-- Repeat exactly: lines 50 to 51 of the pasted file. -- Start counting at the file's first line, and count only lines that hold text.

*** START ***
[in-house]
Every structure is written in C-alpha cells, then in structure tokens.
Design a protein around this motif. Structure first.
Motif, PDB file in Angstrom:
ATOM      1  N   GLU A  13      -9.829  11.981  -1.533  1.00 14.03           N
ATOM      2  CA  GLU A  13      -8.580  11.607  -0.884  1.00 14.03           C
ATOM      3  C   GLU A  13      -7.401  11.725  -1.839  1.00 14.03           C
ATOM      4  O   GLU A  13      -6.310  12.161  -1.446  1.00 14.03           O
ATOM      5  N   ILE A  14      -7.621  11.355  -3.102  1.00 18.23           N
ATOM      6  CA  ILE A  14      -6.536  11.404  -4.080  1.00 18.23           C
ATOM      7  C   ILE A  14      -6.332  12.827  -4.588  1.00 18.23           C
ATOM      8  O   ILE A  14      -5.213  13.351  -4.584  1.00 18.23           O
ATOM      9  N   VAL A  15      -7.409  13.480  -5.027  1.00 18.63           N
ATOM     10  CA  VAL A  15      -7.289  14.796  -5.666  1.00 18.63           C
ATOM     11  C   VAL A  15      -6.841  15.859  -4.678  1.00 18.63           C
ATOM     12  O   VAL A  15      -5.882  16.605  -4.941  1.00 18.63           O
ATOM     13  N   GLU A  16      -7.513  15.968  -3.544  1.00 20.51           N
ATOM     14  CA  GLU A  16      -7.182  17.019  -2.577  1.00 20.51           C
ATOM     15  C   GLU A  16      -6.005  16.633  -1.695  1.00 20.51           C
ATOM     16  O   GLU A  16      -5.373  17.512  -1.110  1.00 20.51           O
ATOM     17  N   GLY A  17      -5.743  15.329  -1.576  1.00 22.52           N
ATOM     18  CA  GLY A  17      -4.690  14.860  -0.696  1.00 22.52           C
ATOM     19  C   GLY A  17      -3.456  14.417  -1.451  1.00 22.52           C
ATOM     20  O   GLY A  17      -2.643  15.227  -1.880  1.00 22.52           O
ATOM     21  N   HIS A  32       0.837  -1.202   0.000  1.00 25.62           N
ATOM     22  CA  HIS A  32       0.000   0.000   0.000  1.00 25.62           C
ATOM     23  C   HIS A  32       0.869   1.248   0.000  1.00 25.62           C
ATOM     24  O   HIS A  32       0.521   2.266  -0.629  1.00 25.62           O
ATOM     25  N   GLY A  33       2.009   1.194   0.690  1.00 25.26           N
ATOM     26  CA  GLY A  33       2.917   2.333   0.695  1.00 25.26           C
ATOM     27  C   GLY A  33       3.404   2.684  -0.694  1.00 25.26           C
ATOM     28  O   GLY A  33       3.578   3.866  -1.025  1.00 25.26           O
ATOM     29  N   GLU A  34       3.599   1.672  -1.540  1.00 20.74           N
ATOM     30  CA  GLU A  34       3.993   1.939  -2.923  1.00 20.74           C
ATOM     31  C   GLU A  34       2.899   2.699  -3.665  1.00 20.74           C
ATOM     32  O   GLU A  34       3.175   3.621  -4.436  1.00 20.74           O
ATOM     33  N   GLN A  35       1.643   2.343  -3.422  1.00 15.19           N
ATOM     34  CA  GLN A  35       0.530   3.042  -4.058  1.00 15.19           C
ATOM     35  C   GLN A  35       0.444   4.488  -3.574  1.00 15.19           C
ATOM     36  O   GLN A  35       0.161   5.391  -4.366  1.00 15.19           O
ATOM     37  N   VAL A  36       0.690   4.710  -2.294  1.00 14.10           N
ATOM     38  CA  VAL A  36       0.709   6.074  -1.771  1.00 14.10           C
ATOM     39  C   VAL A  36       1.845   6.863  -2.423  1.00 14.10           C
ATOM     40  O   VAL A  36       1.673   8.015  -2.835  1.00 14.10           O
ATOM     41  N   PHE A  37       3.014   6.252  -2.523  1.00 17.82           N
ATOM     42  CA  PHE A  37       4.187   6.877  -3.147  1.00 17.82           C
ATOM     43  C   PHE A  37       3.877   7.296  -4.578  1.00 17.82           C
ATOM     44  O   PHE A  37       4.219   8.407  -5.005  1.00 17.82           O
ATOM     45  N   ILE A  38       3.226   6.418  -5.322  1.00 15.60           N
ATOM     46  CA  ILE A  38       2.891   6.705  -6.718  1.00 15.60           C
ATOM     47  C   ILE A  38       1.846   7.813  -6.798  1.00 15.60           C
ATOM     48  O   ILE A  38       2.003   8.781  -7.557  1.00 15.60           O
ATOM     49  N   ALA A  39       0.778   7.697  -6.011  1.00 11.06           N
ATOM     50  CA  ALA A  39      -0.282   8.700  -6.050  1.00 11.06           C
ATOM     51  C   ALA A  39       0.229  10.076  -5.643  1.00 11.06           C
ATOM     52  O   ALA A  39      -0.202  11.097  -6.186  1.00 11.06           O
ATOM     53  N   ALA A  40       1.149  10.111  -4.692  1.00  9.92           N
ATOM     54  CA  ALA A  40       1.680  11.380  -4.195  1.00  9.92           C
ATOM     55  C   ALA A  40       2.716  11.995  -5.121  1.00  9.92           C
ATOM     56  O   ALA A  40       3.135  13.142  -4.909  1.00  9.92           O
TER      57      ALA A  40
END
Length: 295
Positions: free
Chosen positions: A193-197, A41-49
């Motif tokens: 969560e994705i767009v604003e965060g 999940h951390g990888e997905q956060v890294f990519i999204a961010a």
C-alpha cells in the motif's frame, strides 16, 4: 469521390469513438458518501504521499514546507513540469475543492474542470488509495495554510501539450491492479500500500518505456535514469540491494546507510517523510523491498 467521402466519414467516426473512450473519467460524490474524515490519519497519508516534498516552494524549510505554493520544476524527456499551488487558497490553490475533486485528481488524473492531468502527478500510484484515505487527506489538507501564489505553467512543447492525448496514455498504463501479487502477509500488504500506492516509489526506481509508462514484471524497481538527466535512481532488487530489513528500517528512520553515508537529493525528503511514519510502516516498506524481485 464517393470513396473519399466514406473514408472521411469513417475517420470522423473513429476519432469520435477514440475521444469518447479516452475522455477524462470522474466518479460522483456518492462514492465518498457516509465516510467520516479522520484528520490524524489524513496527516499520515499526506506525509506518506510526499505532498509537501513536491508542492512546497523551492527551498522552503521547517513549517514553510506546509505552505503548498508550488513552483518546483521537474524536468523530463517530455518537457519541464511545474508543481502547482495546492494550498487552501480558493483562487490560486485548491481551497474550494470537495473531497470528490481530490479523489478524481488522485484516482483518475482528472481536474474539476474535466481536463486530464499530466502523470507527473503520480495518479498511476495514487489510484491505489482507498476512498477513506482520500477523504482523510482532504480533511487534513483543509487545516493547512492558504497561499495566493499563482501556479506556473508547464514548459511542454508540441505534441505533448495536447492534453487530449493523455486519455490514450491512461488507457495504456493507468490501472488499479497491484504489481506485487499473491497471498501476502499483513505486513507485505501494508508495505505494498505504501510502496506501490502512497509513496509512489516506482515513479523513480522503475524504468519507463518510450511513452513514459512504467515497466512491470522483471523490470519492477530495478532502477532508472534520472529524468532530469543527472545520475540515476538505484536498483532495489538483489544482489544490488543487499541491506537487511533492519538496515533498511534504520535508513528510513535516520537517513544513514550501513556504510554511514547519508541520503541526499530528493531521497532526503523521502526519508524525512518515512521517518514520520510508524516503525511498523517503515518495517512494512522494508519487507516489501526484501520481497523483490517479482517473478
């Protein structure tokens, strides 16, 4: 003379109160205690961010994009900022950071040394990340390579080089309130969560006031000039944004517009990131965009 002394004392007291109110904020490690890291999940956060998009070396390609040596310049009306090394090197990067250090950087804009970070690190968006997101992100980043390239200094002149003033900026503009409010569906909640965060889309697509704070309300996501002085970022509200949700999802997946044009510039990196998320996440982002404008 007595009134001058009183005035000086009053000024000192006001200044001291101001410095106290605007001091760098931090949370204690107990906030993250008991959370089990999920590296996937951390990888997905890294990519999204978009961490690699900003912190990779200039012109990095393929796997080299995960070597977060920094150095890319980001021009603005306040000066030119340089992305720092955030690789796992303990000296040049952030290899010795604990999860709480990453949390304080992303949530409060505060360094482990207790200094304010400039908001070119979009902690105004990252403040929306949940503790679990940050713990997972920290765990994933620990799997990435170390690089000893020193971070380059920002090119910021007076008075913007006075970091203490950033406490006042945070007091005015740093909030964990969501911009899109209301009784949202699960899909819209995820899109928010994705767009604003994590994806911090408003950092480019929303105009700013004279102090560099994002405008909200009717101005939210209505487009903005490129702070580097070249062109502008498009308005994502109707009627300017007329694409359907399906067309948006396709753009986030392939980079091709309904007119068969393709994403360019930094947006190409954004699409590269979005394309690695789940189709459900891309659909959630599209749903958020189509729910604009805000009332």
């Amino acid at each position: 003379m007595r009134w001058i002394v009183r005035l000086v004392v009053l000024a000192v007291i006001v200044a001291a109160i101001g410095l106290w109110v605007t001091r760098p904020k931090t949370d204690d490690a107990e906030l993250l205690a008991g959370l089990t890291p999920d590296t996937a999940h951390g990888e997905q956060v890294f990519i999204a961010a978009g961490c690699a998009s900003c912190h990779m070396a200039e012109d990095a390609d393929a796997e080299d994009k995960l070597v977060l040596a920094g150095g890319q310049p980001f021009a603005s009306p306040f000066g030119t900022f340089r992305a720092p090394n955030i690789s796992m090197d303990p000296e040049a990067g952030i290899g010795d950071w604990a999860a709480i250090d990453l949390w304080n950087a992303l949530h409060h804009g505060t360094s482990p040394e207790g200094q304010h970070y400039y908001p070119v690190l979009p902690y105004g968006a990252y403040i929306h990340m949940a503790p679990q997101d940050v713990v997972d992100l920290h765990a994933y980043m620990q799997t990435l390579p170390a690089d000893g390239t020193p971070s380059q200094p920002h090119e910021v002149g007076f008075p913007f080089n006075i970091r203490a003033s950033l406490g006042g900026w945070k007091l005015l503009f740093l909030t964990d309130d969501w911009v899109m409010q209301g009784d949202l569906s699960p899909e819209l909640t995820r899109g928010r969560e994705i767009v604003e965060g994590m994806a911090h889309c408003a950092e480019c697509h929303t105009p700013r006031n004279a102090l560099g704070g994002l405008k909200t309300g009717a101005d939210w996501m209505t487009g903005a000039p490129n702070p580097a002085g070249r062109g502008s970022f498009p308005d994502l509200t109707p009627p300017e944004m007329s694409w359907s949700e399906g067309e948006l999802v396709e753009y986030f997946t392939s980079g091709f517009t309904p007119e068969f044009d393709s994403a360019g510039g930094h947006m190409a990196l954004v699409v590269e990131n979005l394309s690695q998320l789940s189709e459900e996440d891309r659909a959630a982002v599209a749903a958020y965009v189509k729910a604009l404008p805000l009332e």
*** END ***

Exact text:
ATOM     46  CA  ILE A  38       2.891   6.705  -6.718  1.00 15.60           C
ATOM     47  C   ILE A  38       1.846   7.813  -6.798  1.00 15.60           C